As part of the module, the task was to look into the various types of games within the 3 specific bands of play. The band this game I shall be discussing ‘Cluedo’ belongs to is Board Games.
When playing Cluedo, a murder-mystery board game of which players move around the board as one of 6 guests within the in-game house, attempting to deduce who killed Dr Black by collecting various pieces of evidence dotted around the map, fail in deducing that individual correctly and you’re out of the game, do it correctly and you win. I found that it belonged to the following categories of play in relation to Roger Caillois’ theory of play; Mimicry, Alea and Agon
In terms of Mimicry you play as one of the 6 characters available within the game and go around the board discovering clues and trying to decipher who killed Dr Black. Agon appears in the desire to win, the individual who is the murder is primarily exploring the map in the attempt to grab all evidence that would make others assume it was them and making others falsely accuse. Illinx doesn’t take form in this game, being that it’s a board game. Alea takes its form in navigation on how you move around the board, rolling the dice to see how far you can travel encompasses most of the random aspects of the game.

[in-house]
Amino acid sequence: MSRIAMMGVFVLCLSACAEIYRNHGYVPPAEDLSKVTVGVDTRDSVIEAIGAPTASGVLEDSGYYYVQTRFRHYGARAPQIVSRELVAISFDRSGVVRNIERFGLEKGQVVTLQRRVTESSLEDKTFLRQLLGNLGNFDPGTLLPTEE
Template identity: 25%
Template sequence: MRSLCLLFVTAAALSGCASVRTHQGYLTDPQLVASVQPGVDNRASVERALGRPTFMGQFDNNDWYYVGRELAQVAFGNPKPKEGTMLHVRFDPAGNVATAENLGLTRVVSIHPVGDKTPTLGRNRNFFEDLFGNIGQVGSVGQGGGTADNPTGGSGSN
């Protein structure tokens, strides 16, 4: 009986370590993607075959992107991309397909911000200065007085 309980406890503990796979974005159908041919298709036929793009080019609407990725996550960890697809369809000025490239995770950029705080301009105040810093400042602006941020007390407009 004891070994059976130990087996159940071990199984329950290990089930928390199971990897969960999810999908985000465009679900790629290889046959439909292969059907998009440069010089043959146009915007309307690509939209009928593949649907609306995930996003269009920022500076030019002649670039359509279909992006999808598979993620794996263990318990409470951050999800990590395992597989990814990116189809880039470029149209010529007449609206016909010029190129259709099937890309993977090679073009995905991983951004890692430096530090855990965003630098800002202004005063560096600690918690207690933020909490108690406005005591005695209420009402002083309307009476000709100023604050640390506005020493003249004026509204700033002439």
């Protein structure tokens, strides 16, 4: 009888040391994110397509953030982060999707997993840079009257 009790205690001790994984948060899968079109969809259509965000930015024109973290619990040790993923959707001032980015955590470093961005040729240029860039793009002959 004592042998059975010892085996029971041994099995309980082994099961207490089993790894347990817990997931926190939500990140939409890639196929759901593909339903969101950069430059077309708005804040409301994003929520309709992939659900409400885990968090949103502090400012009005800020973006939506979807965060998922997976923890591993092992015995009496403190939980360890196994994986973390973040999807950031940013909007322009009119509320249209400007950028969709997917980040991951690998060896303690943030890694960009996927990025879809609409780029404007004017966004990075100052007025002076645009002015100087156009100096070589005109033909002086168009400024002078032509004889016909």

In terms of the elements in this game that I liked, I really liked the whole murder-mystery element to it and the fact that you have to purposefully look for substantial clues that would lead you to win.
State of Flow, was it achieved?
No. It’s a very interesting, immersive game that allows the player to be a pseudo Sherlock Holmes for half an hour, but the turn-based side of it made it fairly difficult to attain flow because of how long winded other players turns would be.
If I were designing a game similar to this, I would have a larger player base for the required amount of people to play, even though the games would be long winded and flow wouldn’t necessarily be achieved, the games would be far more interesting with more diverse larger pool of players all vying for crucial pieces of evidence to make the right accusation.